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Good Morning Nanty Glo!
Monday, January 5 2003

Jon Kennedy, webmaster

Two great lost-in-swamp movies

Two old movies that I saw at the Capital Theater decades ago ran on PBS over the holiday period and I was surprised to find they had a strange characteristic in common. Both have scenes in which central characters get lost in what seem endless swamps. It got me to thinking whether there is a lost-in-the-swamp genre of movies, perhaps like there is a desert-setting-theme genre that has at least The English Patient and Lawrence of Arabia and probably many others I've not seen in its list. What a gripping metaphor the swamp is, and it's photogenic besides! Beyond their swamp mataphors, however, these two old movies don't have much else in common.

They were:

1. Raintree County, a classic romance in every sense of the word. I was so impressed upon seeing it in Nanty Glo at age 15 that I bought a copy of the paperback of the novel and read it, all of it, that year. It was certainly the longest book (not counting the Bible) I'd ever read up to that time, and remains one of the longest. I was still working through it in December 1957 when my mother and I took the Pennsylvania Railroad from Johnstown to Warsaw, Indiana, to attend my brother Bob's wedding. That was not only the first long train ride I ever had, it was sweetened considerably by the fact that Raintree County is set in Indiana (albeit the southern, swampy, half of the Hoosier State), and trains are big in the movie and novel. Ross Lockridge, Jr's., Raintree County has probably been cited as "the great American novel" as often as any other. Though set in Indiana, one of its central characters is a southern belle every bit as tortured by her own delusions as Scarlett O'Hara ever was. And unlike Gone With the Wind, I found both the book for Raintree County readable and the movie watchable. I could never get beyond the introduction of the more "popular" Civil War epic—movie or book—by Margaret Mitchell.

I must admit, however, that having seen the movie and read the book at age 15 (the same year my brother Gary was tragically killed, my teen column was launched in the Journal and Mainline newspapers, and many other watershed events in my life), for many years afterward I suspected that my appreciation of it was a fluke or a byproduct of my impressionable youth. No doubt I did appreciate it more then than I would if encountering it for the first time now; after all, romances are written for the young. But I saw the movie again four years ago, while living in Los Angeles, and was still so impressed that I spent hours afterward reading about it, three gnerations of Lockridges, and more on scores of web pages, then trying to induce my son to try to see the movie, at least. And again this year (it must be a property that PBS has exclusive rights to, and reruns yearly around Christmas) I saw most of it again and was again fascinated.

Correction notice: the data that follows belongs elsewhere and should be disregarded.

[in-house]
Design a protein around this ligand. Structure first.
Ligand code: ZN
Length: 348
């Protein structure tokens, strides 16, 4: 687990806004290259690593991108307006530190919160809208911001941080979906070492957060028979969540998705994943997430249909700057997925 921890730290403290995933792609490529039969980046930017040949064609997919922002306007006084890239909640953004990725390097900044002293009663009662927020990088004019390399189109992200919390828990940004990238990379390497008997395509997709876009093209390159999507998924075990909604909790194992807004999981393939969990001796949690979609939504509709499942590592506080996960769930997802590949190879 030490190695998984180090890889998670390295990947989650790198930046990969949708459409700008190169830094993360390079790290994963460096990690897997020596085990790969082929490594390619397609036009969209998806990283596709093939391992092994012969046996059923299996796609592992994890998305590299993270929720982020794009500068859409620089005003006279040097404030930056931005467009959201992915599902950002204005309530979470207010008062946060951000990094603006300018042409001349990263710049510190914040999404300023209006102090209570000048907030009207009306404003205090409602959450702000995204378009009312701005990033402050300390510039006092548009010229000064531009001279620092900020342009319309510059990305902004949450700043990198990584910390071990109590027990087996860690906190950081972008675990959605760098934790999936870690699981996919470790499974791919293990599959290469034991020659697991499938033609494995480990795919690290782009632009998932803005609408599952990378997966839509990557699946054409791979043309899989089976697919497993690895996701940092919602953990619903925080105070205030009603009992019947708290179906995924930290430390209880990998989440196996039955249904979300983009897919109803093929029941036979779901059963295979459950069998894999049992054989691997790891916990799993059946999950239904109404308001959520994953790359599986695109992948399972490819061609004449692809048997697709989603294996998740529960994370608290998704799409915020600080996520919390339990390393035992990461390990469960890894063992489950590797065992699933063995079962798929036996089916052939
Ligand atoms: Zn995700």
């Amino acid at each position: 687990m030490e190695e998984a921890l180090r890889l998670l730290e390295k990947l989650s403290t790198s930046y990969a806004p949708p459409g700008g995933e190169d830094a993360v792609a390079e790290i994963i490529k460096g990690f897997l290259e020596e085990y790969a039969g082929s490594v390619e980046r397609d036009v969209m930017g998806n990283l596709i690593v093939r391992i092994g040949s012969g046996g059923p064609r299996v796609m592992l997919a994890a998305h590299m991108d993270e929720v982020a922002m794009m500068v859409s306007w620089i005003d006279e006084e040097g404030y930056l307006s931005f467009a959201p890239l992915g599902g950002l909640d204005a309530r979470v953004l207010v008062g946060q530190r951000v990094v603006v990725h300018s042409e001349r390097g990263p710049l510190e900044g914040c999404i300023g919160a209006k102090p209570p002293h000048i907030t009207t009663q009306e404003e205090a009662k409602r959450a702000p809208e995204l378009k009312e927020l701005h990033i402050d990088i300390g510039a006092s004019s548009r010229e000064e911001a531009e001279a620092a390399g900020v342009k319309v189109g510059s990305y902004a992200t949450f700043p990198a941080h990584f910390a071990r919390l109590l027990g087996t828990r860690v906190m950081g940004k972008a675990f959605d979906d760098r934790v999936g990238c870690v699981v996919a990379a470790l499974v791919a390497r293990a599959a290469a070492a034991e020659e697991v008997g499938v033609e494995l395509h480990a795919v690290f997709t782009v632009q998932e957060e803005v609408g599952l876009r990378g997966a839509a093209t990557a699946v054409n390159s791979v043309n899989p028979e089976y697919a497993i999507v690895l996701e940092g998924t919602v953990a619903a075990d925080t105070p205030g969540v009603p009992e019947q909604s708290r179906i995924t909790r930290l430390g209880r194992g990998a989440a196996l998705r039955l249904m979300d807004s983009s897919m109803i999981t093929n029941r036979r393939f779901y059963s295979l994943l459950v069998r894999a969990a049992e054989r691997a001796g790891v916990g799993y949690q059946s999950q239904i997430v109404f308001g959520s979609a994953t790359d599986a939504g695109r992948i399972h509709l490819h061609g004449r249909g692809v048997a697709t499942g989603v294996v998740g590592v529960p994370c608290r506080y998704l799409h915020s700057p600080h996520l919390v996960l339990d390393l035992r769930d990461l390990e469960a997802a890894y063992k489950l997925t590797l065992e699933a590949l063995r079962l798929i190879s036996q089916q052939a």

2. The Yearling, based on a Pulitzer Prize-winning story by Marjorie Kinnan Rawlings, was released in 1946 and I'm betting it played at the Capitol when I was five, the following year. I can't actually remember seeing it then, but I've always had the "intuition" that this is a movie that I saw as a child. I admit that I was induced to watch it on Saturday night by the fact that there was nothing else on the whole cable worth tuning in. But I was almost immediately won over. Set in late 1800's Florida, my early impression was that it was probably the most beautiful feature movie released up to that time, and it must have been one of the earliest in Technicolor, as well. Its plot centers on the relationship of a boy with a deer that he raised from a fawn, but the larger point is the relationship with his parents, especially his dad, and the fact that the boy is the real "yearling" of the story. It's a cross between Old Yeller or Sounder with The Waltons, with Hollywood's best production values.

As for the lost-in-the-swamp scenes, they are not drawn out in either film, but in both cases they represent the fight by the protagonist to get through his "slough of despond," to borrow John Bunyan's phrase, on to, if not the Kingdom of God, at least a better knowledge of truth and the character's own potentialities.

Webmaster Jon Kennedy 


The first bumper stickers appeared in America in the 1950s. Originally, they weren't "stickers," but were attached by small wires twisted around bumpers (used for advertising). Here's what we think is the best collection of bumper sticker sentiments on the web (two daily, as long as they last).

Too bad stupidity isn't painful.

I wasn't born a b*tch. Men like you made me this way.

—Sent by Mary Ann Losiewcz 

Thought for today

He that is down needs fear no fall. He that is low, no pride.

— John Bunyan

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